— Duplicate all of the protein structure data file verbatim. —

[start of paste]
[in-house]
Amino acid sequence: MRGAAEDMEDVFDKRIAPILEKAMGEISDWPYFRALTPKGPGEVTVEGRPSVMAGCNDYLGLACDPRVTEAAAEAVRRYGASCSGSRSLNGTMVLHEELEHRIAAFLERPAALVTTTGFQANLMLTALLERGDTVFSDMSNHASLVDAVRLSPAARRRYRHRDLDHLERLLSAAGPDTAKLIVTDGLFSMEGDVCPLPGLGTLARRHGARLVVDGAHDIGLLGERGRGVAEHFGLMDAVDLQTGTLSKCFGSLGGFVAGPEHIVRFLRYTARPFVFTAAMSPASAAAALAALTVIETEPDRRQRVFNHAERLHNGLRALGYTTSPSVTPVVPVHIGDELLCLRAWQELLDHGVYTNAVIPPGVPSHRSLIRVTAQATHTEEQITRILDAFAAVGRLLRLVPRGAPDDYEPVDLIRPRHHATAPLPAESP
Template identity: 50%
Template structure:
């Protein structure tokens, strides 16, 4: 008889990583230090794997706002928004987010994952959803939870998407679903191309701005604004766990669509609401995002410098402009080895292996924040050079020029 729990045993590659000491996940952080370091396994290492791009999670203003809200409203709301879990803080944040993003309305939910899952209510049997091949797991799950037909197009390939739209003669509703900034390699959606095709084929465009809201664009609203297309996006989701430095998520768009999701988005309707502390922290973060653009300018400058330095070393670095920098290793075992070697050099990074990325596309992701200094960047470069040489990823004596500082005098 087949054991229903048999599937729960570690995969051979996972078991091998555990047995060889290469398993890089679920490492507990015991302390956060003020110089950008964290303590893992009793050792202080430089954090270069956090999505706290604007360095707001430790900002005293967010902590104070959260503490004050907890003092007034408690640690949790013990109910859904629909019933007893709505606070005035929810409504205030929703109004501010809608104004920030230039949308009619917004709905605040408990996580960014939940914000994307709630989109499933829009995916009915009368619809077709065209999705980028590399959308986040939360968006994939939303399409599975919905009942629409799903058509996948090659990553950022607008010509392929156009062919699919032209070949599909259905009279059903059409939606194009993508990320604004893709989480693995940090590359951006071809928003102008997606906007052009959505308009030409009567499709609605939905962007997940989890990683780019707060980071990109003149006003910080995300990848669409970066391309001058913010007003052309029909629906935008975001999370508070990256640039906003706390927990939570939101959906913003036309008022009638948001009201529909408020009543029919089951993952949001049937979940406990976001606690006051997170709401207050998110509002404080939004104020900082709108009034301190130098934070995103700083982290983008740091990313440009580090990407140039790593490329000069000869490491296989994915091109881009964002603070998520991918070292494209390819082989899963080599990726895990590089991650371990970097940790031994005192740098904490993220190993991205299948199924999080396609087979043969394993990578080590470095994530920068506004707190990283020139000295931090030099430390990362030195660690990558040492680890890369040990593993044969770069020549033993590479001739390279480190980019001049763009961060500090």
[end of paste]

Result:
[in-house]
Amino acid sequence: MRGAAEDMEDVFDKRIAPILEKAMGEISDWPYFRALTPKGPGEVTVEGRPSVMAGCNDYLGLACDPRVTEAAAEAVRRYGASCSGSRSLNGTMVLHEELEHRIAAFLERPAALVTTTGFQANLMLTALLERGDTVFSDMSNHASLVDAVRLSPAARRRYRHRDLDHLERLLSAAGPDTAKLIVTDGLFSMEGDVCPLPGLGTLARRHGARLVVDGAHDIGLLGERGRGVAEHFGLMDAVDLQTGTLSKCFGSLGGFVAGPEHIVRFLRYTARPFVFTAAMSPASAAAALAALTVIETEPDRRQRVFNHAERLHNGLRALGYTTSPSVTPVVPVHIGDELLCLRAWQELLDHGVYTNAVIPPGVPSHRSLIRVTAQATHTEEQITRILDAFAAVGRLLRLVPRGAPDDYEPVDLIRPRHHATAPLPAESP
Template identity: 50%
Template structure:
């Protein structure tokens, strides 16, 4: 008889990583230090794997706002928004987010994952959803939870998407679903191309701005604004766990669509609401995002410098402009080895292996924040050079020029 729990045993590659000491996940952080370091396994290492791009999670203003809200409203709301879990803080944040993003309305939910899952209510049997091949797991799950037909197009390939739209003669509703900034390699959606095709084929465009809201664009609203297309996006989701430095998520768009999701988005309707502390922290973060653009300018400058330095070393670095920098290793075992070697050099990074990325596309992701200094960047470069040489990823004596500082005098 087949054991229903048999599937729960570690995969051979996972078991091998555990047995060889290469398993890089679920490492507990015991302390956060003020110089950008964290303590893992009793050792202080430089954090270069956090999505706290604007360095707001430790900002005293967010902590104070959260503490004050907890003092007034408690640690949790013990109910859904629909019933007893709505606070005035929810409504205030929703109004501010809608104004920030230039949308009619917004709905605040408990996580960014939940914000994307709630989109499933829009995916009915009368619809077709065209999705980028590399959308986040939360968006994939939303399409599975919905009942629409799903058509996948090659990553950022607008010509392929156009062919699919032209070949599909259905009279059903059409939606194009993508990320604004893709989480693995940090590359951006071809928003102008997606906007052009959505308009030409009567499709609605939905962007997940989890990683780019707060980071990109003149006003910080995300990848669409970066391309001058913010007003052309029909629906935008975001999370508070990256640039906003706390927990939570939101959906913003036309008022009638948001009201529909408020009543029919089951993952949001049937979940406990976001606690006051997170709401207050998110509002404080939004104020900082709108009034301190130098934070995103700083982290983008740091990313440009580090990407140039790593490329000069000869490491296989994915091109881009964002603070998520991918070292494209390819082989899963080599990726895990590089991650371990970097940790031994005192740098904490993220190993991205299948199924999080396609087979043969394993990578080590470095994530920068506004707190990283020139000295931090030099430390990362030195660690990558040492680890890369040990593993044969770069020549033993590479001739390279480190980019001049763009961060500090």